Danielle Fortin
Danielle Fortin
Director, Environmental Science program
Full Professor

MSc, Université Laval (1987)
PhD, INRS-Eau (1992)

ARC 413
(613) 562-5800 ext. 6423

Department of Earth and Environmental Sciences


Dr. Fortin is interested in geomicrobiology, more specifically with the interactions between minerals/metals and bacteria in natural environments. Her research ranges from understanding the formation of biogenic minerals on bacteria and viruses, to the role of microorganisms in Biogeochemical metal cycling in extreme environments, including deep-sea vents and mine tailings.

Selected publications

  • Chi Fru, E., Ivarsson, M., Kilias, S.P., Bengtson, S., Belivanova, V., Marone, F., Fortin, D., Broman, C. and Stampanoni, M. Fossilized iron bacteria reveal pathway to biological origin of banded iron formation. Nature Communications, 4, 2050 | DOI: 10.1038/ncomms3050, 2013
  • Gault, A.G., Ibrahim, A., Langley, S., Renaud, R., Takahashi, Y., Boothman, C., Lloyd, J.R., Clark, I.D., Ferris, F.G. and Fortin, D. Seasonal changes in the mineralogy, geochemistry and microbial community of bacteriogenic iron oxides (BIOS) deposited in a circumneutral wetland. Geomicrobiol. J., 29, 161-172, 2012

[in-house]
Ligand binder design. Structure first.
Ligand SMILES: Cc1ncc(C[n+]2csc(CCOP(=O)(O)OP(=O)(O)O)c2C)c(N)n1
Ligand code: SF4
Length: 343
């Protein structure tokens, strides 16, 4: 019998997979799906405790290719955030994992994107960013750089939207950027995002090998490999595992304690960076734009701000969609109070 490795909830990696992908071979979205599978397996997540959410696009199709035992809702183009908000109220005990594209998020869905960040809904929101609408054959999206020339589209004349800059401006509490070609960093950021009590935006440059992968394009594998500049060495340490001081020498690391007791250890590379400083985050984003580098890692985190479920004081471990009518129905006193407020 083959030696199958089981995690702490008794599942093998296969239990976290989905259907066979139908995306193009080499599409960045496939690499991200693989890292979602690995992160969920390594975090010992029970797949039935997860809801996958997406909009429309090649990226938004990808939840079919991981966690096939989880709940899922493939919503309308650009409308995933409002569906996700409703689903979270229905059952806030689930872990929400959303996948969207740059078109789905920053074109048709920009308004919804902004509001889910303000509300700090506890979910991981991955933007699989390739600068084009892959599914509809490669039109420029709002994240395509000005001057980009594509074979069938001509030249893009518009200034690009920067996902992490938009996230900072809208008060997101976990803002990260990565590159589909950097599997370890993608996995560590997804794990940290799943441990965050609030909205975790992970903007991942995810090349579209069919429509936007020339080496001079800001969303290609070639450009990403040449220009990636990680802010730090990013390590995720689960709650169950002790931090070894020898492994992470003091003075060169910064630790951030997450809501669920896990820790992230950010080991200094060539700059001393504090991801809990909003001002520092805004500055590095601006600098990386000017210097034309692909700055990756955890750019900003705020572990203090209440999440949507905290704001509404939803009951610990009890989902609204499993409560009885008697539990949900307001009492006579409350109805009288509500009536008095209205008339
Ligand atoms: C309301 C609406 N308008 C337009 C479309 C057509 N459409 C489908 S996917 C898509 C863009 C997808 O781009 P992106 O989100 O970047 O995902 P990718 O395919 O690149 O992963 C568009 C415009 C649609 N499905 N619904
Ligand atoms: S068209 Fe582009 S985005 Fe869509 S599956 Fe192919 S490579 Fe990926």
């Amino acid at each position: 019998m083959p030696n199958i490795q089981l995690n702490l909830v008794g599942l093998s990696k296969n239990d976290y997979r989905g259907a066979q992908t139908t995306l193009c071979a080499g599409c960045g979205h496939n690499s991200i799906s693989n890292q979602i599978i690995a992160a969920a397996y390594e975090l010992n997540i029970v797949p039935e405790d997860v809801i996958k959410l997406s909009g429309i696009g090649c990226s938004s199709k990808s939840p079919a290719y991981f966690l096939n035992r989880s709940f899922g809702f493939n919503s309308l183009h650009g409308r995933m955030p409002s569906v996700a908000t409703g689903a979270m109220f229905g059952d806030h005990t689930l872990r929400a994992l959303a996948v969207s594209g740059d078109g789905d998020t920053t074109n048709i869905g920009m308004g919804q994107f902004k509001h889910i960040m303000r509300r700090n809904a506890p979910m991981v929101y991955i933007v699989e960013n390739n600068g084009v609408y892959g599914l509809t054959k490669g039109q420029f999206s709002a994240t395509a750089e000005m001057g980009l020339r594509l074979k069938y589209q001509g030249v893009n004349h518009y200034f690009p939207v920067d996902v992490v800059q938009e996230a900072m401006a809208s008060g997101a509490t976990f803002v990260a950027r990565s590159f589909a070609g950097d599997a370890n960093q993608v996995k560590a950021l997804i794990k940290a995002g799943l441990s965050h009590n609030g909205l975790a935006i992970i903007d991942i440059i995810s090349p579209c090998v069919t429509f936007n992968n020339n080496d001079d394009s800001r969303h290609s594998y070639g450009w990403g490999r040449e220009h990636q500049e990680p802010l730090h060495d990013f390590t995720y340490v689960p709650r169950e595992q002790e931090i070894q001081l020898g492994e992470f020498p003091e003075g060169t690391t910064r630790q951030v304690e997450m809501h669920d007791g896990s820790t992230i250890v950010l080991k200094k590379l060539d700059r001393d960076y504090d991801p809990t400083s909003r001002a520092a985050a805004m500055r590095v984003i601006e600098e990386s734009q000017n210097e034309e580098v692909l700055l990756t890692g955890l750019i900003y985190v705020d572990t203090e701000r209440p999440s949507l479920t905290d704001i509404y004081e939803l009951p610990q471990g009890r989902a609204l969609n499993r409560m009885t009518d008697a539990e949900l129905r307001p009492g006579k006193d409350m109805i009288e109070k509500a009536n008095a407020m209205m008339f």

• Meier, J., Piva, A. and Fortin, D. Enrichment of sulfate-reducing bacteria and resulting mineral formation in media mimicking pore water metal ion concentrations and pH conditions of acidic pit lakes. FEMS Microb. Ecology, 79, 69-84, 2012
  • Kennedy, C.B., Gault, A.G., Clark, I.D., Fortin, D. and Ferris, F.G. Retention of Iodide by Bacteriogenic Iron Oxides. Geomicrobiology J., 28, 387-395, 2011
  • Avramescu, M.L., Yumvihoze, E., Hintelmann, H., Ridal, J., Fortin, D. and Lean, D.R.S. Biogeochemical factors influencing net mercury methylation in contaminated freshwater sediments from the St-Lawrence River in Cornwall, Ontario, Canada. Science of the Total Environment, 409, 968-978, 2011

Research interests

  • Geomicrobiology
  • Mine tailings
  • Biogenic minerals
  • Biosignatures
  • Sulfate-reducing bacteria
  • Iron-reducing bacteria